Step 2: The hacker sends wBNB directly into the strategy contract, so as to cause the if(_wantAmt > wantLockedInHere()) check to fail. This step temporarily causes the hacker to lose money. No deposits are occurring. The hacker is simply sending tokens directly to the strategy contract

Step 3: The hacker withdraws shares. This step triggers the bug. As a result of step 3, the strategy does a double count of the withdrawal. The strategy contract doesn’t think it has as much BNB as it actually does.

Step 4: When the hacker goes to deposit again, the strategy token performs an incorrect calculation based on that too-low balance and mints the hacker too many shares

Step 5: When the hacker calls earn, the strategy contract overwrites its existing balanceSnapshot by asking the bank directly how much money the strategy contract has. This fixes the too-low balance calculation and makes future calculations return the correct result.

Step 6: The hacker makes another call to withdraw, claiming the BNB represented by all the shares they received in steps 1 and 4. The result is that the hacker has more money than they started with because they were minted too many shares in step 4.

It’s important to note that step 2 is not something that should happen under normal circumstances. Sending wrapped BNB to the strategy contract is an unusual move and only done in this case to cause a check to fail.

Funds at risk were roughly calculated at $60m in BNB. A single iteration of the attack could take approximately $10M, but the attack could be repeated until the entire contract was drained.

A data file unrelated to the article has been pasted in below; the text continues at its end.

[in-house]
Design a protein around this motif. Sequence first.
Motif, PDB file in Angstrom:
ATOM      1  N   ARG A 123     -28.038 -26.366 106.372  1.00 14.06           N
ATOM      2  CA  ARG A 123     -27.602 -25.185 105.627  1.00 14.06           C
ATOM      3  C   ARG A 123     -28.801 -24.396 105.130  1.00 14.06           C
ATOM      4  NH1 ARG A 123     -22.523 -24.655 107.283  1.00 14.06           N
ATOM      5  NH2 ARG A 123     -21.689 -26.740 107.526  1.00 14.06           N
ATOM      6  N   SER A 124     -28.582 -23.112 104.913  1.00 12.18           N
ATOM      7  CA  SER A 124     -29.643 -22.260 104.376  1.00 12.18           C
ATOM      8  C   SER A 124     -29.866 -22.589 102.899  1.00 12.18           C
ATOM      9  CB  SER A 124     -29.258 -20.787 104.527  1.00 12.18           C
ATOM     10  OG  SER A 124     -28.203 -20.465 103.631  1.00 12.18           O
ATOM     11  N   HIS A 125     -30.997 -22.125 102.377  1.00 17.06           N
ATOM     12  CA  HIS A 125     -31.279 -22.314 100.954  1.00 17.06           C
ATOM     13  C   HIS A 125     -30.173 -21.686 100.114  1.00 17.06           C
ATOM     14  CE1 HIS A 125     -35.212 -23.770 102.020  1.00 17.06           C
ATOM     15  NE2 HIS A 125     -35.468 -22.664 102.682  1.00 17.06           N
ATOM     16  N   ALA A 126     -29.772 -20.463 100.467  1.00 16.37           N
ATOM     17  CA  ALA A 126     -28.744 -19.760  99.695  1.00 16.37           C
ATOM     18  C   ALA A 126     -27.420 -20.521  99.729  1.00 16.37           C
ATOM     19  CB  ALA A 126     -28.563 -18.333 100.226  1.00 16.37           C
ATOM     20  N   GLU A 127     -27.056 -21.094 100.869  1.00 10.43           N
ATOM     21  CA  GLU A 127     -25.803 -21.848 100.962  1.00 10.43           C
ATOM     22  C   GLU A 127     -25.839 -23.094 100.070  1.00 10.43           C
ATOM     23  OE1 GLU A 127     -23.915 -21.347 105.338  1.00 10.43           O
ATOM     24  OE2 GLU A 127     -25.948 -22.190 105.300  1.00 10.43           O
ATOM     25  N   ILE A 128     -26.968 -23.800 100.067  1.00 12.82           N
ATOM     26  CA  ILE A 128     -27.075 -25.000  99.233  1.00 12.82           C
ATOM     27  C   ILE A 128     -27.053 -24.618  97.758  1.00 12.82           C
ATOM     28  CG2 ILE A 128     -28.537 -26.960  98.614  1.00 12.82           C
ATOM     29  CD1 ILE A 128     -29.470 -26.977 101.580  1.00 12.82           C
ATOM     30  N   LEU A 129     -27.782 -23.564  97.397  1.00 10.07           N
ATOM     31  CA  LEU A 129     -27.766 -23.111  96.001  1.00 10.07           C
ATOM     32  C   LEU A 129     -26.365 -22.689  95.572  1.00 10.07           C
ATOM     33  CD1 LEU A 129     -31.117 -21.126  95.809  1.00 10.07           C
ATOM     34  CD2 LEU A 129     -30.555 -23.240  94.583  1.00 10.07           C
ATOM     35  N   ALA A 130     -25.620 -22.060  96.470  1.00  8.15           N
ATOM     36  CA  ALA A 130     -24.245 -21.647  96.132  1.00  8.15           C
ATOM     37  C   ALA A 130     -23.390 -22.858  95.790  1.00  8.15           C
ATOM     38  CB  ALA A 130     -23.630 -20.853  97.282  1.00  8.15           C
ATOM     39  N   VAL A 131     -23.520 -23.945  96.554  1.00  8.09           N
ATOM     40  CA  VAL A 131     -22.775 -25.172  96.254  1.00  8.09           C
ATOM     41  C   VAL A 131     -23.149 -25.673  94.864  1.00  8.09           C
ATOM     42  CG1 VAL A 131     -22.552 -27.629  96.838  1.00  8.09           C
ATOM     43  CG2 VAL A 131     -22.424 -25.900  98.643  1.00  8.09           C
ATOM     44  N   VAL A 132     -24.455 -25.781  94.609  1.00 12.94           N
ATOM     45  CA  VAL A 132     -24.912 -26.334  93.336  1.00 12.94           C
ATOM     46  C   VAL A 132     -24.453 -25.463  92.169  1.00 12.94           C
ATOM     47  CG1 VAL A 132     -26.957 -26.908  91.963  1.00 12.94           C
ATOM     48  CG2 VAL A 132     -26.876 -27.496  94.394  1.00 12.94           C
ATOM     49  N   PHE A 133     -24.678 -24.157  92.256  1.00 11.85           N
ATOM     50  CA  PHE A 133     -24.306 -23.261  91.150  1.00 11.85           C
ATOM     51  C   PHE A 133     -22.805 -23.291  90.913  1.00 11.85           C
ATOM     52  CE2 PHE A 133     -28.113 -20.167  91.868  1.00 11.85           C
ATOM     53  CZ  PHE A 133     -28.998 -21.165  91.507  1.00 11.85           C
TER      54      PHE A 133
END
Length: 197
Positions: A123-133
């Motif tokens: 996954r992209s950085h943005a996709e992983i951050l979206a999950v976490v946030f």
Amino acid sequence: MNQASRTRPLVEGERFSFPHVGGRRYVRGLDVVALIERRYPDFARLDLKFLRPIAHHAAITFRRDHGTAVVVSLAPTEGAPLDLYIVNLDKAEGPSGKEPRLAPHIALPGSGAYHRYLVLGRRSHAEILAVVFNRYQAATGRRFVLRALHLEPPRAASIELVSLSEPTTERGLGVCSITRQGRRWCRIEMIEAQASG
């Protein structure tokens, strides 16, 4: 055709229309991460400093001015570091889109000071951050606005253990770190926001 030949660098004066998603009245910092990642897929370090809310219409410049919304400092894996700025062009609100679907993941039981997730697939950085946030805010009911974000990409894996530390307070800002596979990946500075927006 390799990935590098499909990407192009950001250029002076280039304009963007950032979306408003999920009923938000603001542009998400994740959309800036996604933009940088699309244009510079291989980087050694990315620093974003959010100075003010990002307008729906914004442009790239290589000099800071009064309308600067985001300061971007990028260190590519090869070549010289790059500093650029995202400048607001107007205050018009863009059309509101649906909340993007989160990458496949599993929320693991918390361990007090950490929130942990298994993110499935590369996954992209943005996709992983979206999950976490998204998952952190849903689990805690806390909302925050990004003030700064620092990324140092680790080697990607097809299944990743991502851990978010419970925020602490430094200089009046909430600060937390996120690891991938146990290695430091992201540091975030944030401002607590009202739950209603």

Vulnerability Fix

This patch was applied to Belt’s contracts. In addition to fixing the bug described in this report, it makes several improvements to Belt’s yield farms.


We’d like to thank the Belt Finance team for paying out the single largest ever bug bounty on Immunefi to date at $1m. We’d also like to thank BSC’s Priority One program for stepping in with a $50,000 matching reward, placing the total payout to the whitehat at $1,050,000. The Priority One program just recently launched and is already making big strides towards securing the BSC ecosystem with this first matching payout.

Credits go to Alexander Schlindwein for finding the bug and Duncan Townsend, CTO of Immunefi, for developing a fix that the Belt team has used in production.

To report additional vulnerabilities, please see Belt Finance’s bug bounty program with Immunefi. If you’re interested in protecting your project with a bug bounty like Belt Finance, visit the Immunefi services page and fill out the form.